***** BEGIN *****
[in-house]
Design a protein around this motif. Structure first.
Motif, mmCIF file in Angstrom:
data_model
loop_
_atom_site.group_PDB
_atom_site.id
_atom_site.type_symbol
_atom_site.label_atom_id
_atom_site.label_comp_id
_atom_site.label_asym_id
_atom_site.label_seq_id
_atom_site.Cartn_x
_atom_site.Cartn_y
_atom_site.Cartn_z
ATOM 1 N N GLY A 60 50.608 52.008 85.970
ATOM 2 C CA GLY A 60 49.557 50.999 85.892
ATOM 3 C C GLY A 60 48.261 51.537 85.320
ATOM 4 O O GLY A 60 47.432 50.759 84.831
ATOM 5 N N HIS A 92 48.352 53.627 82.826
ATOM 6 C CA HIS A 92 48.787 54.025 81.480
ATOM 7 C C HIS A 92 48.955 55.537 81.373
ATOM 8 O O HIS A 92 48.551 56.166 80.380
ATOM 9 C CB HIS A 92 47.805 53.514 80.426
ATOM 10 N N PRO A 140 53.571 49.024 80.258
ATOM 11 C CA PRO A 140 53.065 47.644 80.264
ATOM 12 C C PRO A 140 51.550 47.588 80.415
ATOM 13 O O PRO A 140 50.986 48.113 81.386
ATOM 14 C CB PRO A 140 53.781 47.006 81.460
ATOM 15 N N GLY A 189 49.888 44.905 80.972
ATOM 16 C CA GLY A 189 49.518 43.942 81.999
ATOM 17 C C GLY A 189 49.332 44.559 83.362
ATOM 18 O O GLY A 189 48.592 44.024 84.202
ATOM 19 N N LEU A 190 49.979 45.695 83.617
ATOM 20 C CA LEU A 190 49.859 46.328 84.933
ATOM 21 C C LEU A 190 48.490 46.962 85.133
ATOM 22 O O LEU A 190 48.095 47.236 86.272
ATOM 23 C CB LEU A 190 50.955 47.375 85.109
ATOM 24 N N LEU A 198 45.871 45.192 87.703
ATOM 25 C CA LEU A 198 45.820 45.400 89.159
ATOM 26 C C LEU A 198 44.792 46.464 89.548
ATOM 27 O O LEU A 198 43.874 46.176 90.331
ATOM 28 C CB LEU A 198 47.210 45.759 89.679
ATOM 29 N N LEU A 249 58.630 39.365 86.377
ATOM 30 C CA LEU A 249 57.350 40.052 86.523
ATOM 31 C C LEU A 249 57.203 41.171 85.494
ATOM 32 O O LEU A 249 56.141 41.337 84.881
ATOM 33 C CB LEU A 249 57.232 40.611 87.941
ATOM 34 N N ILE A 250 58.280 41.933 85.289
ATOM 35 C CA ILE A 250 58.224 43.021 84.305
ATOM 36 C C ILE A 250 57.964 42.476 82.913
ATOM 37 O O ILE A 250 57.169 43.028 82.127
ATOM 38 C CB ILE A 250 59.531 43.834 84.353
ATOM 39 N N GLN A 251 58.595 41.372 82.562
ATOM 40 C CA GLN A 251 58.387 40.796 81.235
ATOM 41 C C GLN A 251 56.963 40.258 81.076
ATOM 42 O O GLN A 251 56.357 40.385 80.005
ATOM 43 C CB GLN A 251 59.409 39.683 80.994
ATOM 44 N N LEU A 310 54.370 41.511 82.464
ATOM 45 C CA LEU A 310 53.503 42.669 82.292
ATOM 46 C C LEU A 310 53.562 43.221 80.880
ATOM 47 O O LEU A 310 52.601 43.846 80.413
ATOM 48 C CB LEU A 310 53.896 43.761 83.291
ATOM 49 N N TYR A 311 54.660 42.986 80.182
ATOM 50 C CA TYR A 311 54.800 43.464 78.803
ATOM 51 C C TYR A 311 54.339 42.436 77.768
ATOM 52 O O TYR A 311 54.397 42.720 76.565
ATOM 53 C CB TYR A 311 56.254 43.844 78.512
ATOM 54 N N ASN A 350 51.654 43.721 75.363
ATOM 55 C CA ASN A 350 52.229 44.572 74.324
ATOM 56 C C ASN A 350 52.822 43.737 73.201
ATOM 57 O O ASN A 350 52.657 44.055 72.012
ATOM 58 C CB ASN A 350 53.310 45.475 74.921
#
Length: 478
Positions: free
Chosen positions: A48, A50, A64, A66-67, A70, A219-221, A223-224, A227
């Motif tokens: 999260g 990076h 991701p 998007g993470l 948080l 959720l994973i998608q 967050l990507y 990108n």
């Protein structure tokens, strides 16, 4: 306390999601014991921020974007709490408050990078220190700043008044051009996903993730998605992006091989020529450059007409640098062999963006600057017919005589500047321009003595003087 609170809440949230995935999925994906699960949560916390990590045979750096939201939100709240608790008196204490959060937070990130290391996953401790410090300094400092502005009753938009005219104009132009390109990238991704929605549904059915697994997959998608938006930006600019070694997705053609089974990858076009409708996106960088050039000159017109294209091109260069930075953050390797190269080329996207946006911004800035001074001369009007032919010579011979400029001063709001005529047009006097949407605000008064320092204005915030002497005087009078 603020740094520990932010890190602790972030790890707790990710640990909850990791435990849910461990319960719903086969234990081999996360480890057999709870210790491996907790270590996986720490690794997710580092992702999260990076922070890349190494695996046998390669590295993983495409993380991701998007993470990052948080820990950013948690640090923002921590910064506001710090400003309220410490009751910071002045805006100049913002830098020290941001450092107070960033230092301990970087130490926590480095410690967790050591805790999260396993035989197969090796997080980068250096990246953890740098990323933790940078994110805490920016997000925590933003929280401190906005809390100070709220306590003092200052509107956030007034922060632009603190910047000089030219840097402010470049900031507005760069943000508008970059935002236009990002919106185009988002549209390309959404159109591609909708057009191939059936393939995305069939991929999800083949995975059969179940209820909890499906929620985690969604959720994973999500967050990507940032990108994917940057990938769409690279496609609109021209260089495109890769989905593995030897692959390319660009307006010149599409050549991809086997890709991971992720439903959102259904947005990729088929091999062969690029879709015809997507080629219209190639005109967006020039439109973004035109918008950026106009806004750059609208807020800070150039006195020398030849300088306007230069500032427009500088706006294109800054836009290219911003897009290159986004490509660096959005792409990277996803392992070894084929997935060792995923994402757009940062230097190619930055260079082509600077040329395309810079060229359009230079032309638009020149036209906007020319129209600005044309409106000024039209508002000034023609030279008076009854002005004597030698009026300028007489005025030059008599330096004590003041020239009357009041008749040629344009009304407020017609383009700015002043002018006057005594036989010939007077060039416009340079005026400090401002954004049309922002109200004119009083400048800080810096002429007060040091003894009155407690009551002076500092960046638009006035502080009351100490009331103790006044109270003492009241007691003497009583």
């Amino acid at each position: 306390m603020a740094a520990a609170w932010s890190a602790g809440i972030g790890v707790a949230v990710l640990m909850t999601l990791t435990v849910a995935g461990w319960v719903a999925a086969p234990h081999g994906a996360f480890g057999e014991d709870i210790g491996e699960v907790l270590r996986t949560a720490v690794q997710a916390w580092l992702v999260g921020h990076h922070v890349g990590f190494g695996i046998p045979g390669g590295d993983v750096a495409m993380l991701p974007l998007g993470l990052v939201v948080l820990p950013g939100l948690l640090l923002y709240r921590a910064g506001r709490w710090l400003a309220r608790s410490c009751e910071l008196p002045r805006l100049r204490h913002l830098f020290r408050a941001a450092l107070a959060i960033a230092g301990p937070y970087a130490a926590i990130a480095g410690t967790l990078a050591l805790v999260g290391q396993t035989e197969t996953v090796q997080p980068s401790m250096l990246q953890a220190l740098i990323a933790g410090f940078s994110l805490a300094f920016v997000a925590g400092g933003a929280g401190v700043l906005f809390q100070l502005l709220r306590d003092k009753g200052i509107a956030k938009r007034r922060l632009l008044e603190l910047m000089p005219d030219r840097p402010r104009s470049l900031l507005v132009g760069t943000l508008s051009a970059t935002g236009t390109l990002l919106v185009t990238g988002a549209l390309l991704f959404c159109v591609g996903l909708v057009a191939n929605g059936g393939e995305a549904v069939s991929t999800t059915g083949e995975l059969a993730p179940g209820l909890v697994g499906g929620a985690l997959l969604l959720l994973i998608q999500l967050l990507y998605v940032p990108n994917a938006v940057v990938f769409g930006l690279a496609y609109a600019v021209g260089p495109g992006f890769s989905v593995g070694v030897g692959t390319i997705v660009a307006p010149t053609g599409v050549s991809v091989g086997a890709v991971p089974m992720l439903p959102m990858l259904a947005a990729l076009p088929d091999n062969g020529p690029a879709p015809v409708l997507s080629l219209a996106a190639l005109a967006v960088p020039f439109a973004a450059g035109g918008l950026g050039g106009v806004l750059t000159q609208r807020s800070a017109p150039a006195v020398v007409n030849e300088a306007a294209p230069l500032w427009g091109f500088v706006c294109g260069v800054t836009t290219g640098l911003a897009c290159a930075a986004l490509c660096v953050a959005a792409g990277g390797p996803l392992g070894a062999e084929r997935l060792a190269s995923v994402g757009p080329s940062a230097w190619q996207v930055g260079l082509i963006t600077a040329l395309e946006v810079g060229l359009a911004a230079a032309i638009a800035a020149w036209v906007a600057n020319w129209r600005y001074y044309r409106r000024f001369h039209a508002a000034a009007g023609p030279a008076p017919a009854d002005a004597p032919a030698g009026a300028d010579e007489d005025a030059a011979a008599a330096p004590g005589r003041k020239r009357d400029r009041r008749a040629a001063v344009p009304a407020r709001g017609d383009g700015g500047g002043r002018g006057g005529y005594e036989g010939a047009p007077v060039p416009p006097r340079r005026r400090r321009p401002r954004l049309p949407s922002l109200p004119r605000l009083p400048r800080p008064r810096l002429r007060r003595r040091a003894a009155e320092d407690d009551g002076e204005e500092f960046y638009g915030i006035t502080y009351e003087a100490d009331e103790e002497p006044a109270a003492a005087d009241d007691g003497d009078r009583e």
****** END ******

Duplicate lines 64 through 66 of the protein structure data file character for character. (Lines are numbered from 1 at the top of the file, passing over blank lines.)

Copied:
ATOM 49 N N TYR A 311 54.660 42.986 80.182
ATOM 50 C CA TYR A 311 54.800 43.464 78.803
ATOM 51 C C TYR A 311 54.339 42.436 77.768